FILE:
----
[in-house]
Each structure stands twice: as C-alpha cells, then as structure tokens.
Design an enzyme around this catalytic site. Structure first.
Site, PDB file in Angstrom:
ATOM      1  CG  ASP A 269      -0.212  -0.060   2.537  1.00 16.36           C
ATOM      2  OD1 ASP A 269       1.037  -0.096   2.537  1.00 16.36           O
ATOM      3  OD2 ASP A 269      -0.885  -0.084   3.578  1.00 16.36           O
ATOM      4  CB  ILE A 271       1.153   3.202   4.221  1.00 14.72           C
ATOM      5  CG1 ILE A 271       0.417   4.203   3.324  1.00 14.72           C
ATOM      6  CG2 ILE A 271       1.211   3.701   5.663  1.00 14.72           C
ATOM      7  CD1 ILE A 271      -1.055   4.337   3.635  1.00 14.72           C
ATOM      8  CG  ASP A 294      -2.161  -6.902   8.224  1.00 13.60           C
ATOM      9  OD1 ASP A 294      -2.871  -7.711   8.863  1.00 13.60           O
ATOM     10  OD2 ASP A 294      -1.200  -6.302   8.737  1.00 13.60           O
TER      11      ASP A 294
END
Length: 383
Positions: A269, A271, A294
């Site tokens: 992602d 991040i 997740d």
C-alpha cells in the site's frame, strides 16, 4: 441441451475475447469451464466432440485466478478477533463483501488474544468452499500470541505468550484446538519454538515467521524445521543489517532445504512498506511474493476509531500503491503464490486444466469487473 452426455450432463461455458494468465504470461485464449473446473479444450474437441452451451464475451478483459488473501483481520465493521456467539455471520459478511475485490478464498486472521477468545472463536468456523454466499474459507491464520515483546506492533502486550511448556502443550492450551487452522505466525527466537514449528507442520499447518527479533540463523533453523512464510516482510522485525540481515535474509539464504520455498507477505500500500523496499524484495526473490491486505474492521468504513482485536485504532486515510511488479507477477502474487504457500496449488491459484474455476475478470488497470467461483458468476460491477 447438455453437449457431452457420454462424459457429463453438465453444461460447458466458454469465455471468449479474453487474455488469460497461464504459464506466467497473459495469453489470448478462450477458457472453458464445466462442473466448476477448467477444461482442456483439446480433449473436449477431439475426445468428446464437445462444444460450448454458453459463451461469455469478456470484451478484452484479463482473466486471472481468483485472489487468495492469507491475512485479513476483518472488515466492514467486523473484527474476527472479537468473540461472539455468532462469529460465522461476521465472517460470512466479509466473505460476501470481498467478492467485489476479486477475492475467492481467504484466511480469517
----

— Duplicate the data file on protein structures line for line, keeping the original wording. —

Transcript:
[in-house]
Each structure stands twice: as C-alpha cells, then as structure tokens.
Design an enzyme around this catalytic site. Structure first.
Site, PDB file in Angstrom:
ATOM      1  CG  ASP A 269      -0.212  -0.060   2.537  1.00 16.36           C
ATOM      2  OD1 ASP A 269       1.037  -0.096   2.537  1.00 16.36           O
ATOM      3  OD2 ASP A 269      -0.885  -0.084   3.578  1.00 16.36           O
ATOM      4  CB  ILE A 271       1.153   3.202   4.221  1.00 14.72           C
ATOM      5  CG1 ILE A 271       0.417   4.203   3.324  1.00 14.72           C
ATOM      6  CG2 ILE A 271       1.211   3.701   5.663  1.00 14.72           C
ATOM      7  CD1 ILE A 271      -1.055   4.337   3.635  1.00 14.72           C
ATOM      8  CG  ASP A 294      -2.161  -6.902   8.224  1.00 13.60           C
ATOM      9  OD1 ASP A 294      -2.871  -7.711   8.863  1.00 13.60           O
ATOM     10  OD2 ASP A 294      -1.200  -6.302   8.737  1.00 13.60           O
TER      11      ASP A 294
END
Length: 383
Positions: A269, A271, A294
């Site tokens: 992602d 991040i 997740d």
C-alpha cells in the site's frame, strides 16, 4: 441441451475475447469451464466432440485466478478477533463483501488474544468452499500470541505468550484446538519454538515467521524445521543489517532445504512498506511474493476509531500503491503464490486444466469487473 452426455450432463461455458494468465504470461485464449473446473479444450474437441452451451464475451478483459488473501483481520465493521456467539455471520459478511475485490478464498486472521477468545472463536468456523454466499474459507491464520515483546506492533502486550511448556502443550492450551487452522505466525527466537514449528507442520499447518527479533540463523533453523512464510516482510522485525540481515535474509539464504520455498507477505500500500523496499524484495526473490491486505474492521468504513482485536485504532486515510511488479507477477502474487504457500496449488491459484474455476475478470488497470467461483458468476460491477 447438455453437449457431452457420454462424459457429463453438465453444461460447458466458454469465455471468449479474453487474455488469460497461464504459464506466467497473459495469453489470448478462450477458457472453458464445466462442473466448476477448467477444461482442456483439446480433449473436449477431439475426445468428446464437445462444444460450448454458453459463451461469455469478456470484451478484452484479463482473466486471472481468483485472489487468495492469507491475512485479513476483518472488515466492514467486523473484527474476527472479537468473540461472539455468532462469529460465522461476521465472517460470512466479509466473505460476501470481498467478492467485489476479486477475492475467492481467504484466511480469517